- Andrew Sherwin, Celtics: Celtics are about making everything simpler for everybody. One example is minimizing the number of clicks on the website or app for purchasing tickets. In the very near future, our customers can speak to Apple Siri or Amazon Alexa and purchase tickets using voice commands.
- Jason Lumsden, Red Sox: We don't want to assume what a fan knows. Knowing what the fans needs is the most important piece. We do have live chat features and we do capture customer data at our Park. Fenway Park is the oldest park in the league and it is a little hard to get around. We use data and analytics to be able to help our fans get to where they want to go in a guided and highly responsive manner.
The Patriots have led most teams, across all leagues, in terms of adoption of new technologies - why is that?
- Fred Krisch, Patriots: It's because of the Kraft family. They are forward thinkers. We were the first pro-team on the web in 1995. I remember in 1997 from Jonathan Kraft (Patriots owner and the President of Kraft Group) asking us to deliver live video on the web, not just audio. I called this company called, AudioNet and a guy named Mark Cuban answered the phone. Seriously. He said, "Well, we don't do video. We do audio." I ended up finding a company in Cambridge called TVision that was dabbling with it, and we became the first company in the world to have a nightly made for the internet video show in 1997. We've been doing video every since. It's because of the Krafts; they get it and they are forward thinking.
- Fred Kirsch, Patriots: The woman who started MIT Sloan Sports Analytic Conference is Jess Gelman and she works for the Patriots. About 10 years ago she asked the Krafts to co-create this conference and the Kraft family agreed. Today, the conference is the biggest and best analytics conference in sports. Because we had Jess -- we started our own data department and today we have a new company called KAGR, Kraft Analytics Group. Now we're doing work for other teams.
What is the role of leadership, specifically the CEO, in terms of driving digital transformation?
- Fred Kirsch, Patriots: You got to have it. There's a lot of teams that will win, but consistently you look at those teams and you look at the top, and the leadership at the top is strong. Rarely can a team consistently sustain that without strong ownership.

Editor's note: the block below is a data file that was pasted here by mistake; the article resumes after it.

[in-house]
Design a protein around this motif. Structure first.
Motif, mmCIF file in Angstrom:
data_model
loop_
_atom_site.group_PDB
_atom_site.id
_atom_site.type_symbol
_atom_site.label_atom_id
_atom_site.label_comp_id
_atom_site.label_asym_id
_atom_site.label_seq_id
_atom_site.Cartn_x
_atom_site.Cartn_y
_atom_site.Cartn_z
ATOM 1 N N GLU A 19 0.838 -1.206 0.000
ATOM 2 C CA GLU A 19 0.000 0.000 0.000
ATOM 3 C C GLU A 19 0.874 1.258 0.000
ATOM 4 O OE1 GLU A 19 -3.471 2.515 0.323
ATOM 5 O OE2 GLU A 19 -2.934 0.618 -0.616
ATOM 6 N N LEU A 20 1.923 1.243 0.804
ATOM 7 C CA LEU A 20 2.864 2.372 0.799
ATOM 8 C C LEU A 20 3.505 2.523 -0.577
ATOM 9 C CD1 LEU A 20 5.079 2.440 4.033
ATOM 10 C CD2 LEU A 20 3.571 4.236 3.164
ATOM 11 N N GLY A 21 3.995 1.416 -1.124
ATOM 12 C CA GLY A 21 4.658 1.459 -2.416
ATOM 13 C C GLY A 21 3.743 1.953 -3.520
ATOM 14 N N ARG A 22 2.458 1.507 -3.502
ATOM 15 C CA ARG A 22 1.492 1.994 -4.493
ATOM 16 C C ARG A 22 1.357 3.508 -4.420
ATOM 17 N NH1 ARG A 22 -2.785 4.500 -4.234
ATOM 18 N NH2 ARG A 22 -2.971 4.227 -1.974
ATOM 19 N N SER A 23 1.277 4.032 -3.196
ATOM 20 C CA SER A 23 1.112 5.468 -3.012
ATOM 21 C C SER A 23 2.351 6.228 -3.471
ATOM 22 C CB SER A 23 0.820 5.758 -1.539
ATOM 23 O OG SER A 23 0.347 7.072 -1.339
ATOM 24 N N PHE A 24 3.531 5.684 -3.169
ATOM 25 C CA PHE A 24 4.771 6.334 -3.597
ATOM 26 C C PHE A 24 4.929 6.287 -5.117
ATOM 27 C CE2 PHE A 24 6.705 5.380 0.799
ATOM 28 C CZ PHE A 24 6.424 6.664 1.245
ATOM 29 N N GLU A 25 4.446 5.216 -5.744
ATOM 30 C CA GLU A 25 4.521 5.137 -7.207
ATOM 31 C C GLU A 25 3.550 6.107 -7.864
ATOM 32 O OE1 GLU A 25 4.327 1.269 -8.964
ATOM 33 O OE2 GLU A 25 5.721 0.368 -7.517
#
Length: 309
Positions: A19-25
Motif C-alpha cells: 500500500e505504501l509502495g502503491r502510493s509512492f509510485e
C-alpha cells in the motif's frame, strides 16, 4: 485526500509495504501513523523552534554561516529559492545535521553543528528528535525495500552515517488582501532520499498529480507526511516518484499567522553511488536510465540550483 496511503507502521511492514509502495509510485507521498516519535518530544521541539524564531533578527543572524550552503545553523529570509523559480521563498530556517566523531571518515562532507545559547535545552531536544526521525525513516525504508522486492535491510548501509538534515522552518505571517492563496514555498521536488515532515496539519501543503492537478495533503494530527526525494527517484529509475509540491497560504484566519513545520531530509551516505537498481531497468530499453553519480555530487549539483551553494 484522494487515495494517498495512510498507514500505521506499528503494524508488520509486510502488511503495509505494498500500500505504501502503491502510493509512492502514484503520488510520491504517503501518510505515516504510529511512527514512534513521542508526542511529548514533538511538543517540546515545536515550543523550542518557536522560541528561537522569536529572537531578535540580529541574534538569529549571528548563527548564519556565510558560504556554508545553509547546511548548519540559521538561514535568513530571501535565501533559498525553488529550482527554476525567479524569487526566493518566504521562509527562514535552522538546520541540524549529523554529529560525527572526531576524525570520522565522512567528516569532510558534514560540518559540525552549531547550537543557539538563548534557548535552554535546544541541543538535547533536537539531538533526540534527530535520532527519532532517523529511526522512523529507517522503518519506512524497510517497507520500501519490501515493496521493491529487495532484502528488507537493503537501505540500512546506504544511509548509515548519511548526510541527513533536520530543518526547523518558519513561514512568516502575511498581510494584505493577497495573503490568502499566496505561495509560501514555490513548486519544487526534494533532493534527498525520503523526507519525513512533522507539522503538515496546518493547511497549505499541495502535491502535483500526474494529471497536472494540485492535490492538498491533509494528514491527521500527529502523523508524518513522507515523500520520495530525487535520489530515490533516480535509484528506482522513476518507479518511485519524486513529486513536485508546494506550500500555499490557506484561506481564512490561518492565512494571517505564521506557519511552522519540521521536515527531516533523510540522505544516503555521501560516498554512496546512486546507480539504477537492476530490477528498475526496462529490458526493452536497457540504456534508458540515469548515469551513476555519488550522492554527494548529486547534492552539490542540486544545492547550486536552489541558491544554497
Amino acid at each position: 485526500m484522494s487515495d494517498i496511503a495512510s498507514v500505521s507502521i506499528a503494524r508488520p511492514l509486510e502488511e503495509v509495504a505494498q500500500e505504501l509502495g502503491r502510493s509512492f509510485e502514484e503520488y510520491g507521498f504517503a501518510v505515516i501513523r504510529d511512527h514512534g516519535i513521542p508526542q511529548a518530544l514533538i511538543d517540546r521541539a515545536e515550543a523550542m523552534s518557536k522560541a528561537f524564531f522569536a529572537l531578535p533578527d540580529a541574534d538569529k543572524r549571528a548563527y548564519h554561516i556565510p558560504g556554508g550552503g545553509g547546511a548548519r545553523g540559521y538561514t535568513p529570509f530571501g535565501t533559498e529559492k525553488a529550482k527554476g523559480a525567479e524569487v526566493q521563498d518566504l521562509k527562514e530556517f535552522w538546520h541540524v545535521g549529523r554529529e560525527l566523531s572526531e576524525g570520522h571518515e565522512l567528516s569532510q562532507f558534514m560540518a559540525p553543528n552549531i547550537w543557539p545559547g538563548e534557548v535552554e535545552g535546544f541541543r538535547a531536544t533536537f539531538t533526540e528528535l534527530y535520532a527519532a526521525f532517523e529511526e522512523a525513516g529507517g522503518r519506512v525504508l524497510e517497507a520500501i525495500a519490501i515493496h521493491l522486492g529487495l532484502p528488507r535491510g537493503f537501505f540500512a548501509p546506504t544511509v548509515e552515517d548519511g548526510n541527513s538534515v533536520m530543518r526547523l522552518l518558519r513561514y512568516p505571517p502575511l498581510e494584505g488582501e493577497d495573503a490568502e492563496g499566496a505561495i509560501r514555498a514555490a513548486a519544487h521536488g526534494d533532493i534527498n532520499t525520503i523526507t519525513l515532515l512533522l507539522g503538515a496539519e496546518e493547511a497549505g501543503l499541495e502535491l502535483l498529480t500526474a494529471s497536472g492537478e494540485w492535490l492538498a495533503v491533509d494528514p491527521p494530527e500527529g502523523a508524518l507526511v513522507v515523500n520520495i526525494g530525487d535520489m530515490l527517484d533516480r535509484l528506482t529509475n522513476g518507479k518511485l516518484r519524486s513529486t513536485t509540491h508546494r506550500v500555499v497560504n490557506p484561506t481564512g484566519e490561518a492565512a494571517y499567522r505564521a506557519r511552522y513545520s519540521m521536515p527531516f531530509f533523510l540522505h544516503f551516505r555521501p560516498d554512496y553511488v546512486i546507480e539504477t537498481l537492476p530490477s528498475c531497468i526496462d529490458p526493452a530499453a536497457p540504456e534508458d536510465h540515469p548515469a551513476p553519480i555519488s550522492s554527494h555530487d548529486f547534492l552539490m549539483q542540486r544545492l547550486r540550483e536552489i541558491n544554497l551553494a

- Andrew Sherwin, Celtics: Its about proactive service delivery using customer data. Who is at risk? Who have you been in contact recently? Is there an opportunity to improve the in-game experience? We use customer data to empower our sales teams to delight customers.
- Jason Lumsden, Red Sox: We have so much data. It is about finding actionable insights. We cannot afford to waste time with noise. It is about using data to improve the customer relationship.
The role of social media and messaging apps in sports?
- Ian Frenette, Cannons: For a small business like us, the cost of social media is attractive, making it an important and valuable marketing channel for us. We leverage video and social media to quickly create and share content with our fans for games and practices - giving our fans behind the scenes access to our player and coaching staff.
- Fred Kirsch, Patriots: The best example social media disruption is to talk about our two weekly TV shows during the season. One is Patriots All Access, which is our coaching show. The other show is called Totally Patriots. This year we are getting rid of Totally Patriots from TV and breaking the show into smaller segments that we will stream across various social channels: YouTube, Snapchat and Facebook. We are sharing content where most of our fans are spending time engaging with our community and our brand. The TV sponsors told us that they would continue sponsoring our segments and that they would prefer social channels versus traditional TV.
- Andrew Sherwin, Celtics: Like Fred said, it's all about content. An Insider’s access to the locker room, is not something that ESPN or CSN can offer. For the Celtics, we have invested heavily in Snapchat. We are now sending staff to games to cover, create and share real-time social content. A five game NBA finals lasted two weeks. What content can you derive outside of game film? What player and team content can you share during a series on Snapchat, Instagram, Facebook and Twitter? It’s all about fan engagement before, during and after the game.